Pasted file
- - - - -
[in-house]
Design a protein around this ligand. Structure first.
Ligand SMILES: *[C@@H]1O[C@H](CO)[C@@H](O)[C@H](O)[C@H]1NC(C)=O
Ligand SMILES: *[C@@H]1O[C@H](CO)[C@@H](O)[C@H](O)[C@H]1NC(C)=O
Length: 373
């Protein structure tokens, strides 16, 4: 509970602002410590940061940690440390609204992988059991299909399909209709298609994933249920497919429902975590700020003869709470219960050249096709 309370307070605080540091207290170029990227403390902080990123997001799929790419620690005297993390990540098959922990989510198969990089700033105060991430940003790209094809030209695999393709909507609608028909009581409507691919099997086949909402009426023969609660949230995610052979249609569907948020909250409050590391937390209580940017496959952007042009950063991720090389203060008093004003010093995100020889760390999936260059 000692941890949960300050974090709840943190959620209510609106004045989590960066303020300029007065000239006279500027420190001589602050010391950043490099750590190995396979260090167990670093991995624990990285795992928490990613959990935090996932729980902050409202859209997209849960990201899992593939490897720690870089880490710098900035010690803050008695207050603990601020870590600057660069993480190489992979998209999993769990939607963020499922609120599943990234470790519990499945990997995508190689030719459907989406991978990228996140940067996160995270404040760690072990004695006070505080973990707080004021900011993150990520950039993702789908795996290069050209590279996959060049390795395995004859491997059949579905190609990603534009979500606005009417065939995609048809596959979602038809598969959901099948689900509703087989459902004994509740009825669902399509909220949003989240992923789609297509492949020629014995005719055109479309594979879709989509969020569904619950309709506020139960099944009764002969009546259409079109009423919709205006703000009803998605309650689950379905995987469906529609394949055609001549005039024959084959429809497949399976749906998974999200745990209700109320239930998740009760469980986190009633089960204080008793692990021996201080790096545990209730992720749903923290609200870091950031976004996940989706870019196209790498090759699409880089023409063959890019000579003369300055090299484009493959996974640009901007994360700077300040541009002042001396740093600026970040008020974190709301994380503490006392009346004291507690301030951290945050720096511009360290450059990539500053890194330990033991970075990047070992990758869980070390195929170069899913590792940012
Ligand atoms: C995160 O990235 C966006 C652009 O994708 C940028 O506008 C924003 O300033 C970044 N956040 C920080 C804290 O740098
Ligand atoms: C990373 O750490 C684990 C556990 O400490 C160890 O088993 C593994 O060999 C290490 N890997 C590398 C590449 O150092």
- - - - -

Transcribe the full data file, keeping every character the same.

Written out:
[in-house]
Design a protein around this ligand. Structure first.
Ligand SMILES: *[C@@H]1O[C@H](CO)[C@@H](O)[C@H](O)[C@H]1NC(C)=O
Ligand SMILES: *[C@@H]1O[C@H](CO)[C@@H](O)[C@H](O)[C@H]1NC(C)=O
Length: 373
């Protein structure tokens, strides 16, 4: 509970602002410590940061940690440390609204992988059991299909399909209709298609994933249920497919429902975590700020003869709470219960050249096709 309370307070605080540091207290170029990227403390902080990123997001799929790419620690005297993390990540098959922990989510198969990089700033105060991430940003790209094809030209695999393709909507609608028909009581409507691919099997086949909402009426023969609660949230995610052979249609569907948020909250409050590391937390209580940017496959952007042009950063991720090389203060008093004003010093995100020889760390999936260059 000692941890949960300050974090709840943190959620209510609106004045989590960066303020300029007065000239006279500027420190001589602050010391950043490099750590190995396979260090167990670093991995624990990285795992928490990613959990935090996932729980902050409202859209997209849960990201899992593939490897720690870089880490710098900035010690803050008695207050603990601020870590600057660069993480190489992979998209999993769990939607963020499922609120599943990234470790519990499945990997995508190689030719459907989406991978990228996140940067996160995270404040760690072990004695006070505080973990707080004021900011993150990520950039993702789908795996290069050209590279996959060049390795395995004859491997059949579905190609990603534009979500606005009417065939995609048809596959979602038809598969959901099948689900509703087989459902004994509740009825669902399509909220949003989240992923789609297509492949020629014995005719055109479309594979879709989509969020569904619950309709506020139960099944009764002969009546259409079109009423919709205006703000009803998605309650689950379905995987469906529609394949055609001549005039024959084959429809497949399976749906998974999200745990209700109320239930998740009760469980986190009633089960204080008793692990021996201080790096545990209730992720749903923290609200870091950031976004996940989706870019196209790498090759699409880089023409063959890019000579003369300055090299484009493959996974640009901007994360700077300040541009002042001396740093600026970040008020974190709301994380503490006392009346004291507690301030951290945050720096511009360290450059990539500053890194330990033991970075990047070992990758869980070390195929170069899913590792940012
Ligand atoms: C995160 O990235 C966006 C652009 O994708 C940028 O506008 C924003 O300033 C970044 N956040 C920080 C804290 O740098
Ligand atoms: C990373 O750490 C684990 C556990 O400490 C160890 O088993 C593994 O060999 C290490 N890997 C590398 C590449 O150092």